These 8 restaurant chains have filed for bankruptcy in 2020 in the wake of the pandemic. See the full list.

bankruptcy graffiti
  • The pandemic has ushered in an era of mass retail bankruptcies, and not even chain restaurants are immune.
  • Chain restaurants have combined to close more than 1,500 locations since the pandemic began.
  • We pulled together a list of eight restaurant companies that have filed for bankruptcy this year due to the coronavirus. And while some remain open, others have closed all or most locations. 
  • Visit Business Insider's homepage for more stories.

It's been a tough year for the restaurant industry and food lovers alike.

The retail apocalypse is in full swing, and not even the most beloved restaurant chains have been spared. The pandemic has so far been the downfall of many American eateries, including Chuck E. Cheese California Pizza Kitchen. 

Chain restaurants combined have permanently closed more than 1,500 locations since the pandemic began.

We pulled together a list of eight restaurant chains that have filed for bankruptcy in the wake of the coronavirus. Some of them are gone for good, while others might yet make a comeback.

Souplantation and Sweet Tomatoes
Sweet Tomatoes restaurant closed

In a devastating blow to fans, all 97 locations of Souplantation and Sweet Tomatoes closed permanently in May when parent company Garden Fresh filed for bankruptcy.

Former Garden Fresh CEO John Hayward told Restaurant Business he did not "see a viable way to reopen."

Brio Italian Mediterranean and Bravo Fresh Italian

FoodFirst Global Restaurants, the former parent company of Italian chains Brio Italian Grille and Bravo Italian Kitchen, filed for bankruptcy in April. The brands were later bought by Earl Enterprises, with plans to keep both businesses alive.

"We're very excited about adding these restaurants to our group and look forward to not only investing in the future of Brio and Bravo, but also the employees who are the backbone of these two restaurants," Robert Earl, chairman of Earl Enterprises, said in a press release

Le Pain Quotidien, US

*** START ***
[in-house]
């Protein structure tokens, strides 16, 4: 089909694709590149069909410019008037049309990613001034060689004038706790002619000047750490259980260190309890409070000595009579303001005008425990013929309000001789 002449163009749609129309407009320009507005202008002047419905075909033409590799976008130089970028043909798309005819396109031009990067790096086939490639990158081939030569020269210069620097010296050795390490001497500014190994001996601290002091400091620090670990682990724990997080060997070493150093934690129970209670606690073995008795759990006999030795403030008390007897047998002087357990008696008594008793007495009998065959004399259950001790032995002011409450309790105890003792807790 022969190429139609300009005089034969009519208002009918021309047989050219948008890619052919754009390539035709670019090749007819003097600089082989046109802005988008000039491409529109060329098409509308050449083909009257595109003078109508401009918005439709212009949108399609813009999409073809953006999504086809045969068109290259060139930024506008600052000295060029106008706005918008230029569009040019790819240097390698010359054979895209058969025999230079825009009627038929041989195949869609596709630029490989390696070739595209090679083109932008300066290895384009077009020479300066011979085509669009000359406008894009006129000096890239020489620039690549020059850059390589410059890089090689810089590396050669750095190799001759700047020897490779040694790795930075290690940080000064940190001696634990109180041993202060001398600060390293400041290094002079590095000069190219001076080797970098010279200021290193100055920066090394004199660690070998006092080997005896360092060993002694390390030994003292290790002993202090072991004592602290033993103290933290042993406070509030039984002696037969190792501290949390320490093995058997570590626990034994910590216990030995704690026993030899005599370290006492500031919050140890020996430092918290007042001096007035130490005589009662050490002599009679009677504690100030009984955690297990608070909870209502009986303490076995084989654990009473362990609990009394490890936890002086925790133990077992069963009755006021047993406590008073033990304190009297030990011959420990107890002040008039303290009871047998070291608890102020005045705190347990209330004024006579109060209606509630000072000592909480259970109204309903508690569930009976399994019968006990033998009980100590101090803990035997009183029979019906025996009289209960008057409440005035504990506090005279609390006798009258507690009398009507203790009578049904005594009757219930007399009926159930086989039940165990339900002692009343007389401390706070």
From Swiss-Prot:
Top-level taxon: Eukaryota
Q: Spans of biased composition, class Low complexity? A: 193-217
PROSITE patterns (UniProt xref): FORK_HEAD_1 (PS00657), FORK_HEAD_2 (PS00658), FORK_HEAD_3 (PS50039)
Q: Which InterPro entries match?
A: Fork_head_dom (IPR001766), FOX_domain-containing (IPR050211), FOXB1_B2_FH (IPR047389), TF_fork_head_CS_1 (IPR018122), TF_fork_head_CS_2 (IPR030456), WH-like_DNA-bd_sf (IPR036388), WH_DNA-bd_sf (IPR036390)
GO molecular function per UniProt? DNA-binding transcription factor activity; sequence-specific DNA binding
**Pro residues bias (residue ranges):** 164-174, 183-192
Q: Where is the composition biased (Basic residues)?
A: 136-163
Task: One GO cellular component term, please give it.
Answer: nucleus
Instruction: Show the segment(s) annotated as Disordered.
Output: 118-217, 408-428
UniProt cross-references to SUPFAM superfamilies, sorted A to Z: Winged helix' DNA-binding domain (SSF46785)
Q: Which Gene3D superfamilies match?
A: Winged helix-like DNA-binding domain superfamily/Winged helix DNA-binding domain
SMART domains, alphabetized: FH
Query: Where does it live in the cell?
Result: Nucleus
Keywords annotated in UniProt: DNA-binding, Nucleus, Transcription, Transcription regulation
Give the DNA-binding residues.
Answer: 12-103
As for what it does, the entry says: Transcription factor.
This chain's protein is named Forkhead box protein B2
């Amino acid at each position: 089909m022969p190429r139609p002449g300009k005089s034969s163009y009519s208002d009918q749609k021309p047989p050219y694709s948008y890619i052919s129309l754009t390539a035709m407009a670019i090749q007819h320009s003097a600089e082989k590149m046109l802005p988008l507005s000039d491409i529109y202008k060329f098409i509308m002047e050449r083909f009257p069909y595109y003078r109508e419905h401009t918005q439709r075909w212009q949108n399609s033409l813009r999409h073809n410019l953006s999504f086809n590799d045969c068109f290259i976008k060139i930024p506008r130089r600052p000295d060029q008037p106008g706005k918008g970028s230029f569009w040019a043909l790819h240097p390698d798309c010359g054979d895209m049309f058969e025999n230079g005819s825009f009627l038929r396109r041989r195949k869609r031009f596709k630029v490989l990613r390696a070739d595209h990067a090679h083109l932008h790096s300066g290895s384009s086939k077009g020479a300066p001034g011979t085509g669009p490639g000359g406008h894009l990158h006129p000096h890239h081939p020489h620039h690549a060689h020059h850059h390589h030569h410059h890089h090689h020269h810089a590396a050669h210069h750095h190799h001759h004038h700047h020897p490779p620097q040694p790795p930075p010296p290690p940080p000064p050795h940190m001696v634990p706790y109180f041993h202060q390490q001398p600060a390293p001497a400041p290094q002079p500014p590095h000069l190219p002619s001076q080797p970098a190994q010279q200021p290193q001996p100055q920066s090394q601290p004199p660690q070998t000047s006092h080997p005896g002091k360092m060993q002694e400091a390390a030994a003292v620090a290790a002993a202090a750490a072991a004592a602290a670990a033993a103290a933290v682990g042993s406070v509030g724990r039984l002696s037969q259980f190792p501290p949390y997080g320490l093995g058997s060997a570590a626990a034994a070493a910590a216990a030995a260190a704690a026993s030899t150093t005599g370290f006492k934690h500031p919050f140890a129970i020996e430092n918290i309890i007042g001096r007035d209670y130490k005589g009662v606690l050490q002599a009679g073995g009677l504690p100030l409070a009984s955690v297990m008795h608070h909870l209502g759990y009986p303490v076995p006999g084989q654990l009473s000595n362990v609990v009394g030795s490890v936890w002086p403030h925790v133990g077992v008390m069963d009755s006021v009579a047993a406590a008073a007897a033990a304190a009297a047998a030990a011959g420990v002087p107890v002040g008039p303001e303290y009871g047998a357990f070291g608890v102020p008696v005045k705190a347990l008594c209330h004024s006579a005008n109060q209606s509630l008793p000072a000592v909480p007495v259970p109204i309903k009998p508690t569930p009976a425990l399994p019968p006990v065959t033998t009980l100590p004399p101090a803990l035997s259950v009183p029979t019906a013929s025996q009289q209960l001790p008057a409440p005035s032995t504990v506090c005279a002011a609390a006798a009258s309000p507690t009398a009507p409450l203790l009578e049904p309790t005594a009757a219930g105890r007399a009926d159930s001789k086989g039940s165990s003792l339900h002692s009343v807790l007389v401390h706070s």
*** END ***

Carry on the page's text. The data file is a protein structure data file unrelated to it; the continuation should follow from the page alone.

Le Pain Quotidien

The Belgian bakery chain filed for bankruptcy in late May, and sold all 98 of its US locations to Aurify. Aurify told Nation's Restaurant News it plans to reopen 35 of those locations. 

CEC Entertainment
Chuck E Cheese storefront

The beloved children's dinnertainment company filed for bankruptcy protection in late June after months of speculation over its looming demise.

The months before the chain's bankruptcy filing were rife with controversy — doling out millions of dollars in pre-bankruptcy bonuses to executives in early June. In May, the chain was also the subject of internet uproar when it was discovered it was selling pizza on delivery apps under the name "Pasqually's Pizza."

CEC Entertainment told Business Insider that Pasqually's Pizza is a distinct brand that operates out of Chuck E. Cheese's kitchens.

California Pizza Kitchen
California Pizza Kitchen

The casual dining pizza chain filed for bankruptcy at the end of July. The chain plans to close an unspecified number of its 200 locations in order to cut back on its debt load.

"No restaurateur in the world ... has been unaffected by the COVID-19 pandemic," CEO Jim Hyatt said in the filing. "For many restaurants, the COVID-19 pandemic will be the greatest challenge they will ever face."

Garbanzo Mediterranean Grill
Garbanzo Mediterranean Grill

The Mediterranean-style fast casual chain filed for bankruptcy in mid-August. The Colorado-based chain had already been struggling with debt before the pandemic hit. No closures have been announced.

CEO James Park told the Denver Business Journal that all locations remain open, and the chain plans to open six new ones through 2021.


Florida-based deli chain TooJay's filed for bankruptcy in late April, and was bought on September 10 by Monroe Capital, LLC. Most of the chain's locations have remained open, although several others have closed.

Maison Kayser
Maison Kayser

French bakery chain Maison Kayser filed for bankruptcy on September 11, and was bought by Aurify Brands, the same company that bought Le Pain Quotidien's US locations.

Some locations remain closed, and it is unclear how many Aurify plans to reopen.

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